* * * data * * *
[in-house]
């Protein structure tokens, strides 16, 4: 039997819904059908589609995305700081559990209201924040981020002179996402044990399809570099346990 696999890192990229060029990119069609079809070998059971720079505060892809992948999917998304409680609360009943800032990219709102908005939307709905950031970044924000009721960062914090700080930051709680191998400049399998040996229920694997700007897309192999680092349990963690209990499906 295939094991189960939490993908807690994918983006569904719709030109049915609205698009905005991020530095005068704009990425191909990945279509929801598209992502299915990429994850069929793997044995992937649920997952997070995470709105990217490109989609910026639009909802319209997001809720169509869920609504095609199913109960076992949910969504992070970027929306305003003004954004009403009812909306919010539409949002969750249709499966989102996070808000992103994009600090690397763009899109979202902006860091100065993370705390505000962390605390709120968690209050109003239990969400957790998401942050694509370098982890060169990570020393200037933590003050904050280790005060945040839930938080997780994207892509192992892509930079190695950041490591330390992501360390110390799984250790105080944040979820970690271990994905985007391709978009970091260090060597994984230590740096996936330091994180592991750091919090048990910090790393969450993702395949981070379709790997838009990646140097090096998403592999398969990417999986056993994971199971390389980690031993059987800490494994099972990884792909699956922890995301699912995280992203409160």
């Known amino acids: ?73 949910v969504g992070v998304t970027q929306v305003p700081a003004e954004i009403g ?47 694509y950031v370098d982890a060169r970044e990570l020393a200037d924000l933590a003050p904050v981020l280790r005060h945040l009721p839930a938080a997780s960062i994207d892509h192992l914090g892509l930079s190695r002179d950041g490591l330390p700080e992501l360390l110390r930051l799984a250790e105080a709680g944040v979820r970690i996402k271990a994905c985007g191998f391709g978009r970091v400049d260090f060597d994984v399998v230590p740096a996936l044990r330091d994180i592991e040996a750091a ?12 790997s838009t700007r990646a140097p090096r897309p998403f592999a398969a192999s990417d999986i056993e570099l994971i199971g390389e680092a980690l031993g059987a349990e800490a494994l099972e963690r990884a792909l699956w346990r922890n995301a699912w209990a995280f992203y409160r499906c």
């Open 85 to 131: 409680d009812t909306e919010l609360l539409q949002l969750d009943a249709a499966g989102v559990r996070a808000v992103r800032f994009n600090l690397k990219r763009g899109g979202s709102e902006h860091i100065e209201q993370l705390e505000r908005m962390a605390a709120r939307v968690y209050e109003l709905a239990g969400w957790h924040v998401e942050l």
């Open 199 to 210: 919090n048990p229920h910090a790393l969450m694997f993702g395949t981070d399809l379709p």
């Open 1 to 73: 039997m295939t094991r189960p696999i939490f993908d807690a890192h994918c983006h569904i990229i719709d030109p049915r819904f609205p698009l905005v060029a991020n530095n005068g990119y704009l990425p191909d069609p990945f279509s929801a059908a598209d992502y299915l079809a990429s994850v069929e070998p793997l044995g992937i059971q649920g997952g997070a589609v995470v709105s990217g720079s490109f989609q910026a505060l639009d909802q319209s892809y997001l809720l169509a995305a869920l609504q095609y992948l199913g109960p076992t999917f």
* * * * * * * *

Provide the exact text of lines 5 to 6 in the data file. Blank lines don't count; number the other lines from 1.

């Open 199 to 210: 919090n048990p229920h910090a790393l969450m694997f993702g395949t981070d399809l379709p």
């Open 1 to 73: 039997m295939t094991r189960p696999i939490f993908d807690a890192h994918c983006h569904i990229i719709d030109p049915r819904f609205p698009l905005v060029a991020n530095n005068g990119y704009l990425p191909d069609p990945f279509s929801a059908a598209d992502y299915l079809a990429s994850v069929e070998p793997l044995g992937i059971q649920g997952g997070a589609v995470v709105s990217g720079s490109f989609q910026a505060l639009d909802q319209s892809y997001l809720l169509a995305a869920l609504q095609y992948l199913g109960p076992t999917f």